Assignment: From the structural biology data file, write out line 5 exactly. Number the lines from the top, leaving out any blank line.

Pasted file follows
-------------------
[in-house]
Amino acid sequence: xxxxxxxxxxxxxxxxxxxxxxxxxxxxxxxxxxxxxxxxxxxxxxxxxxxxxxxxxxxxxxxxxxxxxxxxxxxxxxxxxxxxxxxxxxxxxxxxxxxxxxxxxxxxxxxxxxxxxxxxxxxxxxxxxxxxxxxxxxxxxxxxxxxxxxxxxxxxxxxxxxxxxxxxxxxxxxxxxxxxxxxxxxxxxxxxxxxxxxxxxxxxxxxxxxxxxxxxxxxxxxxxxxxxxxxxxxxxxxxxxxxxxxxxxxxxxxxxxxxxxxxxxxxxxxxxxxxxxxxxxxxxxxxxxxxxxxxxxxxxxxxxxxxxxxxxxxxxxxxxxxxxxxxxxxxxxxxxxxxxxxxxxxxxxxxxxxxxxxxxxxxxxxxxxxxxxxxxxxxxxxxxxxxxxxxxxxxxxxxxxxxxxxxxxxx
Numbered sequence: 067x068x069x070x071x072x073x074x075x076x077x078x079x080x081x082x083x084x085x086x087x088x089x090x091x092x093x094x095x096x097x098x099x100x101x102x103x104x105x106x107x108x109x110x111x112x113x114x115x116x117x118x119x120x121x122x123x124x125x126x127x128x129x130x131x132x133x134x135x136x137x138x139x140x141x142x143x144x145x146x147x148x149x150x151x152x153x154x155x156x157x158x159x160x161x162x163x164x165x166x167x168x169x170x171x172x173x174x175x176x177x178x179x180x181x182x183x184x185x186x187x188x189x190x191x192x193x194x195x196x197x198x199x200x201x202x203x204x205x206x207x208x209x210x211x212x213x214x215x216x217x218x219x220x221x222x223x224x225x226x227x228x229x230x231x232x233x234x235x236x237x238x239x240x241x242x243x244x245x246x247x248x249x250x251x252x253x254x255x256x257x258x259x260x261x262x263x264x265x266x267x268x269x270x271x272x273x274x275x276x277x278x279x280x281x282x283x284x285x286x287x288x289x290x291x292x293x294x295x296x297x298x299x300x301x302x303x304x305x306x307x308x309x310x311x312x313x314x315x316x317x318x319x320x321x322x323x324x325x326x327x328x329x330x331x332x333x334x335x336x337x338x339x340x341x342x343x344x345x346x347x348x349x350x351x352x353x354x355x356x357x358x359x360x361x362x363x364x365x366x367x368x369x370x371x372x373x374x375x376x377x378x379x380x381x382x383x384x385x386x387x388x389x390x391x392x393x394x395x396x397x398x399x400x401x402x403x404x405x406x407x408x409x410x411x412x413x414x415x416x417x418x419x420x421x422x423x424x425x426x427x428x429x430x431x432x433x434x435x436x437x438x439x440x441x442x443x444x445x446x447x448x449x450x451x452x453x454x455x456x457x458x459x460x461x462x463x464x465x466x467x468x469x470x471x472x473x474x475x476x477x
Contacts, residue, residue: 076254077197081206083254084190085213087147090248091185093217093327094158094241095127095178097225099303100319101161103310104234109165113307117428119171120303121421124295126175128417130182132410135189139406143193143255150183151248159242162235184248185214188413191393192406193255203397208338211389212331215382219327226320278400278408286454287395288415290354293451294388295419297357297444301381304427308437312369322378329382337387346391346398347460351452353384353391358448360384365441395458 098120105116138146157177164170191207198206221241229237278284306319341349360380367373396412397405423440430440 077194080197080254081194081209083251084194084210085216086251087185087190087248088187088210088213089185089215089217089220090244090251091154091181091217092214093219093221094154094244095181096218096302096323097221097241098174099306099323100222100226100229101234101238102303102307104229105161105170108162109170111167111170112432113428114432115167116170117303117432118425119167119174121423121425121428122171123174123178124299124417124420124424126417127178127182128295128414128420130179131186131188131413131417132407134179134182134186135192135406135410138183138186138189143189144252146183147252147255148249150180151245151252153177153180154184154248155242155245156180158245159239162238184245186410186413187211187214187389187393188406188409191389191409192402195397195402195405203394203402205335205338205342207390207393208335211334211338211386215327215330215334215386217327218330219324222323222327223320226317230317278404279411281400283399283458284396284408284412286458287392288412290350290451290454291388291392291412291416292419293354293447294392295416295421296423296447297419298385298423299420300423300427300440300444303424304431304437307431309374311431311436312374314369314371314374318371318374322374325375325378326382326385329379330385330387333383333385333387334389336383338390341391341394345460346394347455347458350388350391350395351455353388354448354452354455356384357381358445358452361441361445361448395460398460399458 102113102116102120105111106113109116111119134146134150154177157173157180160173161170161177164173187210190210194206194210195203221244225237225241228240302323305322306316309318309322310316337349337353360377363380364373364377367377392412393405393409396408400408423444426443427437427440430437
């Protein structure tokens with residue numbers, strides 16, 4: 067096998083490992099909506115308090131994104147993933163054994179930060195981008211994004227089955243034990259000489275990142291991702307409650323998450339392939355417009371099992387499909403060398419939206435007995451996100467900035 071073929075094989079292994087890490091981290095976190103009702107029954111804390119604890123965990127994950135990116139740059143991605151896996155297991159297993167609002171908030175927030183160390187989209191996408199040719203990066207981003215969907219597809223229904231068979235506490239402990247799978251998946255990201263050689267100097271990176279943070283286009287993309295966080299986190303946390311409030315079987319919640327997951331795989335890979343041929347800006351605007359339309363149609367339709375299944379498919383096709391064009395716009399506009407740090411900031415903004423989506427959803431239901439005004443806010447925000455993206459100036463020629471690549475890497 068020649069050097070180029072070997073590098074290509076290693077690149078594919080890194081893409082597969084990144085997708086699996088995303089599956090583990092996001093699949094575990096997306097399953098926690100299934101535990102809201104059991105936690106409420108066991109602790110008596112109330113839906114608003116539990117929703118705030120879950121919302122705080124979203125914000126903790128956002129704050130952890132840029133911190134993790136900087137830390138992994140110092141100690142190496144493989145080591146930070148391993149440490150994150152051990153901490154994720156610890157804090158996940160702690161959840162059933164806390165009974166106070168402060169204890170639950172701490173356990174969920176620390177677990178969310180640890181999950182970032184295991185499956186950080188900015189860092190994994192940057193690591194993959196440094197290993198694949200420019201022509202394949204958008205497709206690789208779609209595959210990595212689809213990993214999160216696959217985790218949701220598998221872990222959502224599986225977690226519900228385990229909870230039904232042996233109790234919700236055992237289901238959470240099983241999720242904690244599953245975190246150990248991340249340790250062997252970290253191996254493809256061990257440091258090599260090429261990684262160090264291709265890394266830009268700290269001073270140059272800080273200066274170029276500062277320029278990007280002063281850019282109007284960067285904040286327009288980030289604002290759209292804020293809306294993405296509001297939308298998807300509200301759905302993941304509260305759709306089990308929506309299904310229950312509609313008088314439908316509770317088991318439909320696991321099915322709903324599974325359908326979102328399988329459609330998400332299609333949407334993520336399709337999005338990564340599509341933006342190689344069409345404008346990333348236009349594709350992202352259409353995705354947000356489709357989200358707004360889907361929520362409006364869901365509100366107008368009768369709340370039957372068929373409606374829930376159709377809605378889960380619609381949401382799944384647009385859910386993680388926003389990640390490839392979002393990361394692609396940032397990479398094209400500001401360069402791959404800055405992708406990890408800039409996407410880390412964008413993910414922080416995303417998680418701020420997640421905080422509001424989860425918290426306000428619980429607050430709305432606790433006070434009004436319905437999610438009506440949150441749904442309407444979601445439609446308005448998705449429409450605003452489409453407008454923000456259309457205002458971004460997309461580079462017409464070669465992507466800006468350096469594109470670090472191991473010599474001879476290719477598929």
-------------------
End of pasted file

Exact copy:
């Protein structure tokens with residue numbers, strides 16, 4: 067096998083490992099909506115308090131994104147993933163054994179930060195981008211994004227089955243034990259000489275990142291991702307409650323998450339392939355417009371099992387499909403060398419939206435007995451996100467900035 071073929075094989079292994087890490091981290095976190103009702107029954111804390119604890123965990127994950135990116139740059143991605151896996155297991159297993167609002171908030175927030183160390187989209191996408199040719203990066207981003215969907219597809223229904231068979235506490239402990247799978251998946255990201263050689267100097271990176279943070283286009287993309295966080299986190303946390311409030315079987319919640327997951331795989335890979343041929347800006351605007359339309363149609367339709375299944379498919383096709391064009395716009399506009407740090411900031415903004423989506427959803431239901439005004443806010447925000455993206459100036463020629471690549475890497 068020649069050097070180029072070997073590098074290509076290693077690149078594919080890194081893409082597969084990144085997708086699996088995303089599956090583990092996001093699949094575990096997306097399953098926690100299934101535990102809201104059991105936690106409420108066991109602790110008596112109330113839906114608003116539990117929703118705030120879950121919302122705080124979203125914000126903790128956002129704050130952890132840029133911190134993790136900087137830390138992994140110092141100690142190496144493989145080591146930070148391993149440490150994150152051990153901490154994720156610890157804090158996940160702690161959840162059933164806390165009974166106070168402060169204890170639950172701490173356990174969920176620390177677990178969310180640890181999950182970032184295991185499956186950080188900015189860092190994994192940057193690591194993959196440094197290993198694949200420019201022509202394949204958008205497709206690789208779609209595959210990595212689809213990993214999160216696959217985790218949701220598998221872990222959502224599986225977690226519900228385990229909870230039904232042996233109790234919700236055992237289901238959470240099983241999720242904690244599953245975190246150990248991340249340790250062997252970290253191996254493809256061990257440091258090599260090429261990684262160090264291709265890394266830009268700290269001073270140059272800080273200066274170029276500062277320029278990007280002063281850019282109007284960067285904040286327009288980030289604002290759209292804020293809306294993405296509001297939308298998807300509200301759905302993941304509260305759709306089990308929506309299904310229950312509609313008088314439908316509770317088991318439909320696991321099915322709903324599974325359908326979102328399988329459609330998400332299609333949407334993520336399709337999005338990564340599509341933006342190689344069409345404008346990333348236009349594709350992202352259409353995705354947000356489709357989200358707004360889907361929520362409006364869901365509100366107008368009768369709340370039957372068929373409606374829930376159709377809605378889960380619609381949401382799944384647009385859910386993680388926003389990640390490839392979002393990361394692609396940032397990479398094209400500001401360069402791959404800055405992708406990890408800039409996407410880390412964008413993910414922080416995303417998680418701020420997640421905080422509001424989860425918290426306000428619980429607050430709305432606790433006070434009004436319905437999610438009506440949150441749904442309407444979601445439609446308005448998705449429409450605003452489409453407008454923000456259309457205002458971004460997309461580079462017409464070669465992507466800006468350096469594109470670090472191991473010599474001879476290719477598929």